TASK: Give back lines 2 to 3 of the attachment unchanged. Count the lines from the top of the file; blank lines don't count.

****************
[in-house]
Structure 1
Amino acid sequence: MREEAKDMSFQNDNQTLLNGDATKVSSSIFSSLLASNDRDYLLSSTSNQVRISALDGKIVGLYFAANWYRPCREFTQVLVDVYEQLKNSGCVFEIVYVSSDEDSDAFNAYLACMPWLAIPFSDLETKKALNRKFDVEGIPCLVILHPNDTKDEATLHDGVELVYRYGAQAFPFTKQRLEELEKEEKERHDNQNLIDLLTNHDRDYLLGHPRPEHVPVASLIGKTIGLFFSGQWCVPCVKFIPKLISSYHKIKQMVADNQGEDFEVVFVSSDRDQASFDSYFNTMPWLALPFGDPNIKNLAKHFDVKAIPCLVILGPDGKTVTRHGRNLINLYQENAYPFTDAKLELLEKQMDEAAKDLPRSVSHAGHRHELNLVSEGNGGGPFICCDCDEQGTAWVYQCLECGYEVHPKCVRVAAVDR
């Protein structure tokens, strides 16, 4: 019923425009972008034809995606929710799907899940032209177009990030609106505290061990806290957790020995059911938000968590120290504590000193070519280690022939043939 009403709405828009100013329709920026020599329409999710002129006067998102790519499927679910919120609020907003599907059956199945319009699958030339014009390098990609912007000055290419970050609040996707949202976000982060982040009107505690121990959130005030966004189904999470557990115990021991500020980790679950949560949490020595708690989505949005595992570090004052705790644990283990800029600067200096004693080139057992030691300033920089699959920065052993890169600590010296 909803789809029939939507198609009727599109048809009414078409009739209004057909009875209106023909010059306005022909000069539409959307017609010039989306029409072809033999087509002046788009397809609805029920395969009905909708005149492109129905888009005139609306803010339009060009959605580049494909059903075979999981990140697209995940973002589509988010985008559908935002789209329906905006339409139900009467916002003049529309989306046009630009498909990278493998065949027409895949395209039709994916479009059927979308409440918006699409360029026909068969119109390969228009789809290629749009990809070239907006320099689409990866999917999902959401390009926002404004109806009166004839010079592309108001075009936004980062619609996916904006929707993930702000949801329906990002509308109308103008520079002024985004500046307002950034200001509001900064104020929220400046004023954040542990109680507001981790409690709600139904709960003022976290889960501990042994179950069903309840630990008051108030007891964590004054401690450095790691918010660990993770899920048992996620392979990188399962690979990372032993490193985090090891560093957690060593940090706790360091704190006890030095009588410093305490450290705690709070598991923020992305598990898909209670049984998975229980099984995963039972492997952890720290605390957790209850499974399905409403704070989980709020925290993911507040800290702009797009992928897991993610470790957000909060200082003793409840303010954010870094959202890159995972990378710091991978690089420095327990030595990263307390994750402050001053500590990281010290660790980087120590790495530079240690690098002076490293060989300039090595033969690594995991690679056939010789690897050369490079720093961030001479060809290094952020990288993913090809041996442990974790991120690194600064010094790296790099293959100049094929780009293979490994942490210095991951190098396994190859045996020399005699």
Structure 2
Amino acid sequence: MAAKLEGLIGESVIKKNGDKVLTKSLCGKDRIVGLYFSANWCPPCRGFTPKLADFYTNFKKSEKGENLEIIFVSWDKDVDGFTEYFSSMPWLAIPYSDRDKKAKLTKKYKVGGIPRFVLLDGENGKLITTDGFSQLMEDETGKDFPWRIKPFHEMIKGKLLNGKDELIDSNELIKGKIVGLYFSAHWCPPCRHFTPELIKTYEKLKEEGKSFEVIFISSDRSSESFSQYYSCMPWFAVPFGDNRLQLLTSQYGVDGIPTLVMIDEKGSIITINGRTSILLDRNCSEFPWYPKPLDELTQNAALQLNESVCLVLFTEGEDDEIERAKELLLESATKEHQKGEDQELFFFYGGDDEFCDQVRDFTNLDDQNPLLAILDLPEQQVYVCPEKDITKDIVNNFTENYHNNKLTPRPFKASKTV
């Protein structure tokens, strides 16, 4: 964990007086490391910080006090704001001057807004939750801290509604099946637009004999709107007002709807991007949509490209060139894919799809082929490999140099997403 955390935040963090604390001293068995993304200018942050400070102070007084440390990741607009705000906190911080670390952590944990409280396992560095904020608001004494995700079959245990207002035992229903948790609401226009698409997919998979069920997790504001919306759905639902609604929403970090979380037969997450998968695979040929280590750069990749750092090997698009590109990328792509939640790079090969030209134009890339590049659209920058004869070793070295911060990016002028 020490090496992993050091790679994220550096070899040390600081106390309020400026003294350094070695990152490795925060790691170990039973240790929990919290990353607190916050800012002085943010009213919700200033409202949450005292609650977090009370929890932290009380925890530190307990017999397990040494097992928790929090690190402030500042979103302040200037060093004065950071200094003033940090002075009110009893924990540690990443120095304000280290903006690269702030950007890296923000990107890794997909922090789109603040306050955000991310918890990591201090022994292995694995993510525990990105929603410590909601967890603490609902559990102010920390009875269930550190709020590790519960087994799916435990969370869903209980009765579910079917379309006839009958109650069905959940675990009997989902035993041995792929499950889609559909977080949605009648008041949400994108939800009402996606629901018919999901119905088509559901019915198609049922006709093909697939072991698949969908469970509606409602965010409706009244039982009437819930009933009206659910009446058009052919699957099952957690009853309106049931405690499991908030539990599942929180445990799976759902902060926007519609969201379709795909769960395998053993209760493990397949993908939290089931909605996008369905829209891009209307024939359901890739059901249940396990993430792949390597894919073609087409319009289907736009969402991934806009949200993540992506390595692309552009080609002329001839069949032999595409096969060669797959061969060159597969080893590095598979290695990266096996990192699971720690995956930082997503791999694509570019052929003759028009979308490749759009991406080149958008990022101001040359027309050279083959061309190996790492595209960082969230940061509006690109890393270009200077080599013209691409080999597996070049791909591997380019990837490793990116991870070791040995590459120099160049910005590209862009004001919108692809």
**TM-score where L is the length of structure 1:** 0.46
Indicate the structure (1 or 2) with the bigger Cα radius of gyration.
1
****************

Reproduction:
Structure 1
Amino acid sequence: MREEAKDMSFQNDNQTLLNGDATKVSSSIFSSLLASNDRDYLLSSTSNQVRISALDGKIVGLYFAANWYRPCREFTQVLVDVYEQLKNSGCVFEIVYVSSDEDSDAFNAYLACMPWLAIPFSDLETKKALNRKFDVEGIPCLVILHPNDTKDEATLHDGVELVYRYGAQAFPFTKQRLEELEKEEKERHDNQNLIDLLTNHDRDYLLGHPRPEHVPVASLIGKTIGLFFSGQWCVPCVKFIPKLISSYHKIKQMVADNQGEDFEVVFVSSDRDQASFDSYFNTMPWLALPFGDPNIKNLAKHFDVKAIPCLVILGPDGKTVTRHGRNLINLYQENAYPFTDAKLELLEKQMDEAAKDLPRSVSHAGHRHELNLVSEGNGGGPFICCDCDEQGTAWVYQCLECGYEVHPKCVRVAAVDR